Sex & Relationships

How 'slow sex' can improve your relationship

Expert advice and five tips on reclaiming your sexual pleasure from a woman devoted to the female orgasm

couple happy in bed cuddling having fun

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For many women, an orgasm isn’t just elusive; it’s a myth. Like the Loch Ness monster and Bigfoot, its existence has been verified only by anecdotal evidence and grainy video footage.

But whether they’ve experienced the big O or only heard whispered tales of its existence, a lot of women still bow to pressure to perform their arousal, a situation that can make lovemaking feel like an extended audition for an amateur production of When Harry Met Sally.

Nicole Daedone, author of Slow Sex: the Art and Craft of the Female Orgasm, wants that to change. To do so, she’s founded a centre of study devoted to the female orgasm — the One Taste Urban Retreat Center in San Francisco, where students practice yoga, meditation and a technique called “orgasmic meditation,” or OM.

Here, Daedone gives advice on how incorporating slow sex’s ideas and female-centric techniques can improve your intimate relations.

1. Stop conjuring your inner Meg Ryan
Oh, Oh, Oh — oh, c’mon give it a rest. There is no Academy Award handed out for most convincing orgasm, so why are so many women acting as if there is one? The short answer: because they’re trying to satisfy their partners who have been conditioned to believe that pleasure can be gauged in decibels.

The problem with performing sexual arousal, however, is that it doesn’t translate into actual arousal.

“You can’t fake it and feel it at the same time,” says Daedone.

Oh, how true dat.

Rather than feed your partner’s ego, educate him on how you — not some fictional character in a half-baked rom-com — react to sensation. Sex should be a way people know one another better. But if we’re pretending to be someone else — someone who can reach the high notes a cappella style — we’ve lost that unique opportunity to be ourselves.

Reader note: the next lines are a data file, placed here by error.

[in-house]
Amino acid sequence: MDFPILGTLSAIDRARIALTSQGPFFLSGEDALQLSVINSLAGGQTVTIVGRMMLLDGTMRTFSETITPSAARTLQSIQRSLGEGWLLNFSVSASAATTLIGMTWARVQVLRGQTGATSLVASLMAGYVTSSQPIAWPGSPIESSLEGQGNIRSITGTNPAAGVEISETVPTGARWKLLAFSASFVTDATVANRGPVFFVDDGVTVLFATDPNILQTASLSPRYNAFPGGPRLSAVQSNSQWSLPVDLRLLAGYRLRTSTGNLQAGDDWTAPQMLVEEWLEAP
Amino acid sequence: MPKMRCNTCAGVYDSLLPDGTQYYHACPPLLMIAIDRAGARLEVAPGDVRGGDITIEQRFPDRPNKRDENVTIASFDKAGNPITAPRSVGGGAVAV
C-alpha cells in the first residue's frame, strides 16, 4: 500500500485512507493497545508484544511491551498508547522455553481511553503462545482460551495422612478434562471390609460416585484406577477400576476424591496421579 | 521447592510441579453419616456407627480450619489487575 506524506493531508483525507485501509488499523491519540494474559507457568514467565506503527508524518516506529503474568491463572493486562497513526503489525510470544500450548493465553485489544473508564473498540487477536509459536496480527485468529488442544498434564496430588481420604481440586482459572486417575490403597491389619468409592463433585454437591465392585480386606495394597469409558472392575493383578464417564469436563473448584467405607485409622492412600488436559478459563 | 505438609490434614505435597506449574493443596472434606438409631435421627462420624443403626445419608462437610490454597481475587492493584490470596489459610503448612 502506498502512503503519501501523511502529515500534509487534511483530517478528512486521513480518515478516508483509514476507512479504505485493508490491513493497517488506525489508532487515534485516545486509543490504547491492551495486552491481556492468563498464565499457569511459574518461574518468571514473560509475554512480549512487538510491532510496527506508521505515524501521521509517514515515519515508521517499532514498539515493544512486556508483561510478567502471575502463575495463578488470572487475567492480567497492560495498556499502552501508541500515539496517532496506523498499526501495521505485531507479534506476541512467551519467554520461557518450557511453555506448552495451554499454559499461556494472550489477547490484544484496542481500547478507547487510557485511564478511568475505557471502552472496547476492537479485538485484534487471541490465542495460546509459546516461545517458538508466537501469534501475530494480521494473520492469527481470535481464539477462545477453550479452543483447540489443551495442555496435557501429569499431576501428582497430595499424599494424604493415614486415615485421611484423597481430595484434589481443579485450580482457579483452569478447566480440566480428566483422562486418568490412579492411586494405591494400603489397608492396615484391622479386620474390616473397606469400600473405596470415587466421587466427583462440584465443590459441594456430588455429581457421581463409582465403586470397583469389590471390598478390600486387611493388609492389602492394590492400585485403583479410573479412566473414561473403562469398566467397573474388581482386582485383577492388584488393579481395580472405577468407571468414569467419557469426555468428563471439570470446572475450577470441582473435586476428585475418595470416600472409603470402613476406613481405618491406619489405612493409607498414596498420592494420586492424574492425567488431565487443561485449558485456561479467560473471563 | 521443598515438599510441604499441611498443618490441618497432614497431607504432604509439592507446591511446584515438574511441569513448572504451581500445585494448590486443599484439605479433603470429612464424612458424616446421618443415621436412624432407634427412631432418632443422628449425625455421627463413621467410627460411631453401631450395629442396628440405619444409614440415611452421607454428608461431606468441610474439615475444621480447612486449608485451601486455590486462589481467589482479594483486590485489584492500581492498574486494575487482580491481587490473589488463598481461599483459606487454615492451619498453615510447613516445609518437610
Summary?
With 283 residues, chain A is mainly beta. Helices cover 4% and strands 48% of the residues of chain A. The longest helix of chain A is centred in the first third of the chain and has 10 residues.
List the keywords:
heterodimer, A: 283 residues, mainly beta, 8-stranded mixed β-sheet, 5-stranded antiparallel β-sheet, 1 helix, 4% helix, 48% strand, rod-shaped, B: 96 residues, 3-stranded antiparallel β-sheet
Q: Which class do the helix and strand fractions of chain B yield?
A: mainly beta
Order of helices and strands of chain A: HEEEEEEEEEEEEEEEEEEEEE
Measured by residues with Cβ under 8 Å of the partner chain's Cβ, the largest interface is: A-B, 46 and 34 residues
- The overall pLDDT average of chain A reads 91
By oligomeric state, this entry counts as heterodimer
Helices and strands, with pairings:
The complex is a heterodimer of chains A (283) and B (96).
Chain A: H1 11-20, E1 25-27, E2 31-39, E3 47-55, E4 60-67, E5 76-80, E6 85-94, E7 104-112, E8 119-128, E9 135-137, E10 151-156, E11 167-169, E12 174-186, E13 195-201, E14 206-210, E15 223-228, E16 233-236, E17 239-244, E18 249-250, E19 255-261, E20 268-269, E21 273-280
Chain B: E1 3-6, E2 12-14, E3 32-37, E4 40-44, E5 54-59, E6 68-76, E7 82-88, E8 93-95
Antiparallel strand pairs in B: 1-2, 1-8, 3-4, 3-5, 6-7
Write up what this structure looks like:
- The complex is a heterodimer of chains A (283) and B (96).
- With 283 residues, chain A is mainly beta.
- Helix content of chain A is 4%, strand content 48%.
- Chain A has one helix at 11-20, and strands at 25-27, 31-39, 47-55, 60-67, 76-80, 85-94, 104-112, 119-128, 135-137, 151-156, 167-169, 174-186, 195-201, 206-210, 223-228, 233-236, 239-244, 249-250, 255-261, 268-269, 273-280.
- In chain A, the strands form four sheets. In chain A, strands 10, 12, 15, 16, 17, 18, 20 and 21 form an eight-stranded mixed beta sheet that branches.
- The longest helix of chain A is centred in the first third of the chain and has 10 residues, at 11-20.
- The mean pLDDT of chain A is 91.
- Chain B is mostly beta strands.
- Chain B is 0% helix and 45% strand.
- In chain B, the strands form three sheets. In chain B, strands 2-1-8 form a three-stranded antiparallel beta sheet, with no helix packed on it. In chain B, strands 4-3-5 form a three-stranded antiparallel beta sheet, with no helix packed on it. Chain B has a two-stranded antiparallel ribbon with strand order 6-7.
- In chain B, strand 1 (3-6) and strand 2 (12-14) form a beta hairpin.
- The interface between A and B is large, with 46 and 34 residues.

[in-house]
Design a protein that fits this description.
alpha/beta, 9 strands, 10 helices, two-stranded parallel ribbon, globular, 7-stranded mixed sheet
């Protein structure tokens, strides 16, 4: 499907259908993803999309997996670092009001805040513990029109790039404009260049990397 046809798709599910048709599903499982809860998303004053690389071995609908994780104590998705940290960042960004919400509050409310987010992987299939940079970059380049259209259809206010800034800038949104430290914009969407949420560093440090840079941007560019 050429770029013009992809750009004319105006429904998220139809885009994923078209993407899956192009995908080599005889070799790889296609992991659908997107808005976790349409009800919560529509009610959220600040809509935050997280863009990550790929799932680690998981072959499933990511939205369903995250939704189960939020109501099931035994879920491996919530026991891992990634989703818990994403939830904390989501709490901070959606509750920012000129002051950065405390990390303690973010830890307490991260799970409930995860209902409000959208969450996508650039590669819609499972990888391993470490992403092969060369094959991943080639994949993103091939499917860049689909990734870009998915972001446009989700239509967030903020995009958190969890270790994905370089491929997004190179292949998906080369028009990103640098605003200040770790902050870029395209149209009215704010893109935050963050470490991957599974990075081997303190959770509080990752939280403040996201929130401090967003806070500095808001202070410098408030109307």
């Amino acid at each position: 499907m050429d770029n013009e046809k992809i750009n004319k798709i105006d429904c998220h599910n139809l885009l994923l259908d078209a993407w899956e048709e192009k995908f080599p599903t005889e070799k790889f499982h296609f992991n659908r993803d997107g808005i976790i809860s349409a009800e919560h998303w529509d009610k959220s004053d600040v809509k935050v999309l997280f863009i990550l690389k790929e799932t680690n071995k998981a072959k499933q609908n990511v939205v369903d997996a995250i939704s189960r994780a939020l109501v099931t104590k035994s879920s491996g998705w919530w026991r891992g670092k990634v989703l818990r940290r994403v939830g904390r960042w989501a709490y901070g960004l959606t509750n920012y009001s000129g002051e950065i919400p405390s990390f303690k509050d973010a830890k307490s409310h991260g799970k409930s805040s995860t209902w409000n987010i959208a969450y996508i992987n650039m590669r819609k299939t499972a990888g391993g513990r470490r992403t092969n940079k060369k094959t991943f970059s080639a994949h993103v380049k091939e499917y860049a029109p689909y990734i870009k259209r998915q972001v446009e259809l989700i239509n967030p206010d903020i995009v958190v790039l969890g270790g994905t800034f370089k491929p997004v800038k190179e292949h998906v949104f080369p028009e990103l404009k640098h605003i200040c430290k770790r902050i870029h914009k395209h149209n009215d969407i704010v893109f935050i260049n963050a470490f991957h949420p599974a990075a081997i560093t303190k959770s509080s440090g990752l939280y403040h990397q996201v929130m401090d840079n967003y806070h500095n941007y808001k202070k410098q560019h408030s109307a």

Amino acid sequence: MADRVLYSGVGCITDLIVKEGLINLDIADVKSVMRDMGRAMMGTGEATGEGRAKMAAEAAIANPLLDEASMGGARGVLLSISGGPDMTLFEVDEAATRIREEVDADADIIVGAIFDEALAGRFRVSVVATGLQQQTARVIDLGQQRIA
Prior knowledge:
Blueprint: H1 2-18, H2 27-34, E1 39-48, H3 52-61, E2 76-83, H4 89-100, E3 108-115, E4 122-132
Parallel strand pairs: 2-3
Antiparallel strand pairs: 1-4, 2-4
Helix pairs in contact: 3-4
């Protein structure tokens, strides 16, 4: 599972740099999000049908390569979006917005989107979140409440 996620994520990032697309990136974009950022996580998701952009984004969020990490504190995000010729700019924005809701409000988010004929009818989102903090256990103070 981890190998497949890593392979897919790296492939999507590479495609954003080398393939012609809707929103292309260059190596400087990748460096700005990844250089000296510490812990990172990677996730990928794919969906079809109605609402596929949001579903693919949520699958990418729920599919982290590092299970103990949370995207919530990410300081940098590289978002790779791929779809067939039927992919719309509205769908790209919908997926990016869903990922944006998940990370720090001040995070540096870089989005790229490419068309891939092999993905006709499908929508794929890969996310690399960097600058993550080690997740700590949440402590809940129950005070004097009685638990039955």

2. Reclaim the orgasm
Now that you’ve dropped the act, determine what an orgasm is to you personally and how you behave in the sweet state of yowzerville. (For the record there are some ‘official’ physiological definitions, including vaginal contractions and swelling.)

Aware of how the culture has invested the experience with all kinds of ideas and sounds (see ‘Meg Ryan’ above), Daedone struggled to define the term herself. Finally she settled on a “simple,” “feminine” definition: “the ability to give and receive enjoyment.”

3. Don’t disparage your partner’s skill

Don’t blame your partner for your lack of sexual satisfaction, and for one good reason: they’re probably working a lot harder than you know. Unfortunately female genitalia are the Rubik’s cube of private parts — so hard to solve that it’s tempting to give up or cheat. “Men are up against a lot when it comes to the female anatomy,” jokes Daedone.

4. But don’t blame yourself either
The most frequent thing Daedone hears from women: I’m not orgasmic. Not so, says Daedone. “And then we put her in the practice and lo and behold, all of the signifiers that we know orgasm to be: the contractions, ejaculate and swelling begin to appear. It just isn’t her being what she’s been told it’s supposed to be from a masculine perspective.”

5. Assume the ‘OM’ position
Orgasmic meditation is a “practice” says Daedone, and one that induces a state of blissful relaxation, just as yoga is a practice that offers similar results. And like yoga, slow sex doesn’t have a goal in mind. In fact, it’s goalless. “You aren’t doing it to show that you love each other. You aren’t doing it to have a baby. You’re not doing it for any of these reasons,” says Daedone. The point is simply “to connect with your partner.”

Here’s how OM’ing works: lie back, resting your knees on two pillows on either side of you. Your partner sits to the left of you and strokes your privatest parts (hey, no giggling!) for fifteen minutes. (Use a timer. And for more detailed instructions visit here.)

If you’re feeling shy about trying it, here’s some nudge-nudge incentive: It feels good.

“I had a woman describe it as “her burden was light and her yoke was loose. That is the feeling,” explains Daedone. “It’s almost like the first day of spring where you’re walking and everything has a level of effortlessness where there once was effort. For me, the experience has buoyancy almost as if I’ve washed through my body and in washing through all of these thoughts I can see the world new. Everything is vivid again.”

Take that, Meg Ryan.

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